DHAKA (Reuters) - India and Bangladesh signed an agreement on Saturday to simplify their 4,000-km (2,500-mile) border and clarify the identities of 52,000 living in enclaves, over four decades after the neighbors first tried to untangle complex territorial rights set down in 1713.
Under the deal, signed in Dhaka in the presence of Indian Prime Minister Narendra Modi and his Bangladeshi counterpart Sheikh Hasina, the two countries will swap some 200 tiny enclaves dotted around the border. Their inhabitants have been deprived of public services and living in squalid conditions.
A string of trade and investment agreements accompanied the land deal, with $4.5 billion of investments in power and a $2 billion credit facility for Bangladesh unveiled on Saturday.
Established by a treaty between two former princely states, the 106 Indian enclaves in Bangladesh and 92 Bangladeshi enclaves in India are islands of foreign territory inside each country.
Under the pact, each country will take over most of the enclaves on its territory and residents will have the right to stay where they are or move to the other side of the border.
“We have shown political consolidation and goodwill with the signing of this deal,” Modi, who arrived Bangladesh on a two-day state visit, told a joint news conference.
Hasina said: “I salute all the citizens of India for supporting this bill in parliament.”
The land accord was originally agreed in 1974 by Indira Gandhi of India and Sheikh Mujibur Rahman of Bangladesh. Progress stopped for a long time, however, after Mujibur was assassinated in 1975 and subsequent governments failed to agree on the transfer of enclaves.
Dhaka’s Foreign Minister Abul Hassan Mahmood Ali has described the deal, which has since been updated, as “a historic milestone in the relationship between the two neighboring south Asian countries.”
The two prime ministers, along with the chief minister of West Bengal, India Mamata Banerjee, also inaugurated bus services along the border.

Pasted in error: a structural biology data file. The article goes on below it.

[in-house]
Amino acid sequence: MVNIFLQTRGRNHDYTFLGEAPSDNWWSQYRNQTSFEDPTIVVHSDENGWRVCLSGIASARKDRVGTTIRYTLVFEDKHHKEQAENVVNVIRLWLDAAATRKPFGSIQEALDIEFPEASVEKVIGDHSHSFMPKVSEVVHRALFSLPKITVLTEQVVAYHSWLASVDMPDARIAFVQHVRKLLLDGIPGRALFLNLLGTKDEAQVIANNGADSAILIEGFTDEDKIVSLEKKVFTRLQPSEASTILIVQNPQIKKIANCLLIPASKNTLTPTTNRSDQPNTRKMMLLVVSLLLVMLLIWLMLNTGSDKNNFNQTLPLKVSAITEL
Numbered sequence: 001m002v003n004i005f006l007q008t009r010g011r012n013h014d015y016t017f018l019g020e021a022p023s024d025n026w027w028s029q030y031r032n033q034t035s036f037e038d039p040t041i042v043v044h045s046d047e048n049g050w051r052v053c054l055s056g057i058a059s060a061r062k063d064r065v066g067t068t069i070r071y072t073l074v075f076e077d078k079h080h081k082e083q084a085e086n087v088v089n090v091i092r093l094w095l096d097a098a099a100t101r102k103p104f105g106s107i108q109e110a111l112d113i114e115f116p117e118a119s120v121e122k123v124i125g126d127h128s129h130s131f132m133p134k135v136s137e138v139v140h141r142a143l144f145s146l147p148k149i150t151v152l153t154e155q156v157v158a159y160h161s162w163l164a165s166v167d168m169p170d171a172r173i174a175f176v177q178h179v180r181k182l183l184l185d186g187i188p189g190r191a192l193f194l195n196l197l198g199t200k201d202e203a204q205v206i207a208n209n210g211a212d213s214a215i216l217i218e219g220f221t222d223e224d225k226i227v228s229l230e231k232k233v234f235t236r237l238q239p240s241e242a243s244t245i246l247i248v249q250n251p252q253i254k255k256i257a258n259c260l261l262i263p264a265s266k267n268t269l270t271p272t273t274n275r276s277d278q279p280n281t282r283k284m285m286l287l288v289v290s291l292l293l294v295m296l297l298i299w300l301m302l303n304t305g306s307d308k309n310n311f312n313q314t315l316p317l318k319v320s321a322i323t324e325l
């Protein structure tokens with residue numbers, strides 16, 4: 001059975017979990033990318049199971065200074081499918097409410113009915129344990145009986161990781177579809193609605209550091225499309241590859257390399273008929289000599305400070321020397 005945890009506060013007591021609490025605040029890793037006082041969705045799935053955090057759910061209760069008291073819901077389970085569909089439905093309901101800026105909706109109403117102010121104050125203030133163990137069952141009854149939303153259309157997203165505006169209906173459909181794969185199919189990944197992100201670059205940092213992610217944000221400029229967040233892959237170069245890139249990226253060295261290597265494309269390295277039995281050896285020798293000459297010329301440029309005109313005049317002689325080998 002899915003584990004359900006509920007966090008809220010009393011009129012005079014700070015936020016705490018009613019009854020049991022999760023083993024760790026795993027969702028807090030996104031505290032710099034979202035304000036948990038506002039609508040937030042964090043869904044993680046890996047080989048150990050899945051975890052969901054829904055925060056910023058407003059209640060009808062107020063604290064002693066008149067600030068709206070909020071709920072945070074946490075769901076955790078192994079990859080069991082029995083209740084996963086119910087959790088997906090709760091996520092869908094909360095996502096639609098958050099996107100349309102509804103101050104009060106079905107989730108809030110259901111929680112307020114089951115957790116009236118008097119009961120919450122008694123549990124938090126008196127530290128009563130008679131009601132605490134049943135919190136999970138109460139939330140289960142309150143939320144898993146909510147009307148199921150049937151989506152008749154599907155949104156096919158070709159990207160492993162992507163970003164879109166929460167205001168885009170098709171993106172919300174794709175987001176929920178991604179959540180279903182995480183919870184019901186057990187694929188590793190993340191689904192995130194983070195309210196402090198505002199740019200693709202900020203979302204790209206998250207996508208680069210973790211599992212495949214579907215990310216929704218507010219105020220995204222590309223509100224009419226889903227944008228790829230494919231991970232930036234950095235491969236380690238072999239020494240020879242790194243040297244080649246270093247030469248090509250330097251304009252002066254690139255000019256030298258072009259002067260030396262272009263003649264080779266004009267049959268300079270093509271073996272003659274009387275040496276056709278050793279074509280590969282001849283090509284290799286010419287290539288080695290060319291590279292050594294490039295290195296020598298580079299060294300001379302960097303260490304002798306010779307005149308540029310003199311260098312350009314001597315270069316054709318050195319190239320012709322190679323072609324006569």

INCREASE IN TRADE
The two countries are looking to boost trade and security along the border and to fight human trafficking.
India’s announcement of a $2 billion new credit line to Bangladesh follows a $1 billion assistance it provided in 2011 for infrastructure development.
Among other investments, Adani Power Limited of India and Reliance Power Limited of India signed deals worth over $4.5 billion with state-run Bangladesh Power Development Board (BPDB) to develop six units of power plants to produce 4,600 MW of electricity.
Reliance will invest $3 billion to produce 3,000 MW power, while Adani will set up two coal-fired plants with a total capacity of 1,600 MW, costing more than $1.5 billion.
“Bangladesh will be able to more than double power imports from India to 1,100 MW from 500 MW at present,” Modi said.
Aggregate trade between India and Bangladesh stood at $6.9 billion for the 2014-2015 fiscal year. However, trade is heavily in favor of India with its exports to Bangladesh at $6.2 billion.
India has accorded Bangladesh the status of zero-tariff imports for all but 25 tariff lines.
“India will invest more as Bangladesh today offered an exclusive economic zone for India and this investment will help to narrow the gap,” Modi said.
Cumulative Indian investments in Bangladesh stood at $2.5 billion in 2012-13.
Additional reporting by Krishna N. Das from New Delhi; Editing by Clelia Oziel
Our Standards: The Thomson Reuters Trust Principles.